As will be set forth below, each network interface may, in addition to including the standardized functions set forth above, be modified to contain additional function calls specifically related to the operation of the specialized computerized diagnostic or repair system upon which it is running. Each network interface is configured to receive and respond to a standardized set of function calls, data packet requests, and display control allocations received from the shop management program set forth below. By requiring each computerized device connected to the network to provide at least this minimum standardized set of function calls in a network interface program, the integrated automotive repair shop system 10 sets forth an standardized protocol for integrating any number of computerized components. Components may be seamlessly added and removed from the system without the need to radically reconfigure the existing or remaining devices.

At the core of the integrated automotive repair shop system 10 is the shop management computer 18, configured to run a shop management program. The shop management program handles the storage and maintenance of all information related to repair orders, both those currently active, and those which have already been completed. To allow for the addition of computerized diagnostic and repair systems from different manufacturers, the shop management program does not need to be capable of understanding the information stored within each data packet. Rather, the shop management program and each computerized diagnostic and repair system is provided with a set of function calls and display control allocation procedures designed to access and display the stored results through interaction with the interconnected computerized devices which originally generated them. These function calls to the network interface programs of the computerized devices include:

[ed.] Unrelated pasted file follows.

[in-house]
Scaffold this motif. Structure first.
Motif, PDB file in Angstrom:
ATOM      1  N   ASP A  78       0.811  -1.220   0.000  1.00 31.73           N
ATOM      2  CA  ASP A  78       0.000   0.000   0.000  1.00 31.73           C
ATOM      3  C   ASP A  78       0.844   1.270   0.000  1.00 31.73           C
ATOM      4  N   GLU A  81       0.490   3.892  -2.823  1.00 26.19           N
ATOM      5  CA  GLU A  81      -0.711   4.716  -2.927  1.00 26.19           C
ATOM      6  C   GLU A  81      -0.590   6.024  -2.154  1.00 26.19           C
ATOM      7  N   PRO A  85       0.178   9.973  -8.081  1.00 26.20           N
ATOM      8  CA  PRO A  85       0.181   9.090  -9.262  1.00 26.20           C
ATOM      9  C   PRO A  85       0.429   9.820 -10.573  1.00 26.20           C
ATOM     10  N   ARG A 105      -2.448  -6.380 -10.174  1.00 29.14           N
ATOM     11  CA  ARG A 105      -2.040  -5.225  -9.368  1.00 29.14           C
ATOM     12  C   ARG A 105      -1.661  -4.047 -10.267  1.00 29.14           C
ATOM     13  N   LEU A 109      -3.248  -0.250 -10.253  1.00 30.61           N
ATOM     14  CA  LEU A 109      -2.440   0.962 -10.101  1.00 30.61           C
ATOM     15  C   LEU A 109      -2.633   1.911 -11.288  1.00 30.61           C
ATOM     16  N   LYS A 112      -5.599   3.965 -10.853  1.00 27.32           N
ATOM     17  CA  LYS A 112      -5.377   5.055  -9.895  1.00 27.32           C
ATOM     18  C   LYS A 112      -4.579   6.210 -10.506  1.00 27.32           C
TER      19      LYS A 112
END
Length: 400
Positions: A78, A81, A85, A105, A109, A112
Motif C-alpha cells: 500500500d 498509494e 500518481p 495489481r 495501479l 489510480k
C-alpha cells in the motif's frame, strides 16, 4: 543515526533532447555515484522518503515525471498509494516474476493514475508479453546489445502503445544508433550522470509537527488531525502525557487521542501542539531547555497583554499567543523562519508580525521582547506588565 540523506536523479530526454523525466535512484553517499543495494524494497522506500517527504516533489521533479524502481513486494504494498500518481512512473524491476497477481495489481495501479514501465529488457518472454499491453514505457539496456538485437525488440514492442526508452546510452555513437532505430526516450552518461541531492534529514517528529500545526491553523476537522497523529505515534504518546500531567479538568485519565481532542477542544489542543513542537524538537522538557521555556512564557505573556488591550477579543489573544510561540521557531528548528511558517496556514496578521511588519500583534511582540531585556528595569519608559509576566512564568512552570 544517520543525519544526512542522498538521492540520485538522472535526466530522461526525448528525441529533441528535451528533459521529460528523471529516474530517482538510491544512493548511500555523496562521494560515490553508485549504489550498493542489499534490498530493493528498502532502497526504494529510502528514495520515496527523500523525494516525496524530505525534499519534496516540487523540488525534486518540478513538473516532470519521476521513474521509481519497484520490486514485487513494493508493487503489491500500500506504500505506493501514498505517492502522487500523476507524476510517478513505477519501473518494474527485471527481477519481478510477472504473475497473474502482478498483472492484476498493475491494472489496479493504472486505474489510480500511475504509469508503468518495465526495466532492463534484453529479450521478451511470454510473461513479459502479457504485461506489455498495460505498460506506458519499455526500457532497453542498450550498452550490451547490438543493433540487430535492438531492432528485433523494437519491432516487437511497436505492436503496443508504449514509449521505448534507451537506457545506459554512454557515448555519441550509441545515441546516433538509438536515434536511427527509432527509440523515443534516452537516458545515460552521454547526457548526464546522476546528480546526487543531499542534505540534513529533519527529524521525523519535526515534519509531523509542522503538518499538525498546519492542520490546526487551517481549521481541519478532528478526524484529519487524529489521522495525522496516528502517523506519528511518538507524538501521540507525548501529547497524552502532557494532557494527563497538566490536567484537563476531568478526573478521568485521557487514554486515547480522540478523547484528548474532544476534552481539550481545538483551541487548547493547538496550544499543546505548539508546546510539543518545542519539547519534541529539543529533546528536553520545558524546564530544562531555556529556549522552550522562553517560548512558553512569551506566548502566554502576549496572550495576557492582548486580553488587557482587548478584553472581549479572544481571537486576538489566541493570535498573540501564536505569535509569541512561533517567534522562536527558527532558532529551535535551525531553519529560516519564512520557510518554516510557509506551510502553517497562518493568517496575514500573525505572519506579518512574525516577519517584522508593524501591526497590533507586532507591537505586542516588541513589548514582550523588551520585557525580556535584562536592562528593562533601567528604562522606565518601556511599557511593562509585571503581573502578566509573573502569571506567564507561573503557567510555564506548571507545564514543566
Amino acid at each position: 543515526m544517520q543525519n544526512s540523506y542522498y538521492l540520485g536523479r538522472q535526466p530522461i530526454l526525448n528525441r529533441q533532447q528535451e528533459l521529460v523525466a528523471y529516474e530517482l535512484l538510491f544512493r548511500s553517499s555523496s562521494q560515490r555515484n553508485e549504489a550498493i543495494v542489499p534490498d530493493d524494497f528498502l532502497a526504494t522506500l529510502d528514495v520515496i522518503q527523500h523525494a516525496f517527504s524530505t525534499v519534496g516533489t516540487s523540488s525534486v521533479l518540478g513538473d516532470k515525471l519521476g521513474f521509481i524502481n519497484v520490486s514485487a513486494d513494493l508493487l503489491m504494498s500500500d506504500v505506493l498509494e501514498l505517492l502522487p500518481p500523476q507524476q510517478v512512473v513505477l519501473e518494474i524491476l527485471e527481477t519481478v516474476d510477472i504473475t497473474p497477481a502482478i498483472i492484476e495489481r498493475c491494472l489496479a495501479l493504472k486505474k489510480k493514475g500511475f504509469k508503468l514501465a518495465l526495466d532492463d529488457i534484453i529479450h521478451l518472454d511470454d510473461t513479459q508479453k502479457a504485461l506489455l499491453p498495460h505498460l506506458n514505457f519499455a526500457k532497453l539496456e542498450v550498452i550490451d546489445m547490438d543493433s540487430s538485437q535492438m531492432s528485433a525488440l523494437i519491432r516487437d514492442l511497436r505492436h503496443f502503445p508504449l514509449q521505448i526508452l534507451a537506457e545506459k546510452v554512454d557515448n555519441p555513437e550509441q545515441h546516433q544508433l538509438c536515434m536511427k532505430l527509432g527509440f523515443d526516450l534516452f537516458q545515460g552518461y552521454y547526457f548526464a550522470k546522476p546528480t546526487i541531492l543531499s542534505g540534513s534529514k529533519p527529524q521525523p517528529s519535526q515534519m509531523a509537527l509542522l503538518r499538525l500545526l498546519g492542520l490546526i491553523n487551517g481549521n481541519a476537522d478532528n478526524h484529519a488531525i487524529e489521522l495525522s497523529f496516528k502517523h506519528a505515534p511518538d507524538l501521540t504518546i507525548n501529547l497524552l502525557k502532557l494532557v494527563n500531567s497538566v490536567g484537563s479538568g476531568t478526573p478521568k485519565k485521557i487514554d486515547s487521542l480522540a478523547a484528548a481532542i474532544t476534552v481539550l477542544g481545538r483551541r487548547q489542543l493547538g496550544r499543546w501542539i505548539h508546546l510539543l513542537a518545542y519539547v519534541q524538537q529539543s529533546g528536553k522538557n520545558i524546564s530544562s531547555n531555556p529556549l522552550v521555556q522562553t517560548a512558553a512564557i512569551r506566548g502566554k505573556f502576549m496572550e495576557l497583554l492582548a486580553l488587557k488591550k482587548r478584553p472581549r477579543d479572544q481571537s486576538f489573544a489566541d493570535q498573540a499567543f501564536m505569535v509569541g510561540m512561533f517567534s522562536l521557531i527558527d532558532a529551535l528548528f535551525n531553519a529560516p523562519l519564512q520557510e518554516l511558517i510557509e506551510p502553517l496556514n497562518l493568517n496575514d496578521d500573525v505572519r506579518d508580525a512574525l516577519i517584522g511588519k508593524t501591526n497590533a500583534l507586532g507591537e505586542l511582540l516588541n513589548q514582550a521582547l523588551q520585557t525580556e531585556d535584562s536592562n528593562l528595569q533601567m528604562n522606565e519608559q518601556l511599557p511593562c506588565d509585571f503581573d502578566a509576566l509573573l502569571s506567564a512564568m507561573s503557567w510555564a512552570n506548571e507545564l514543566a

Request Task Printout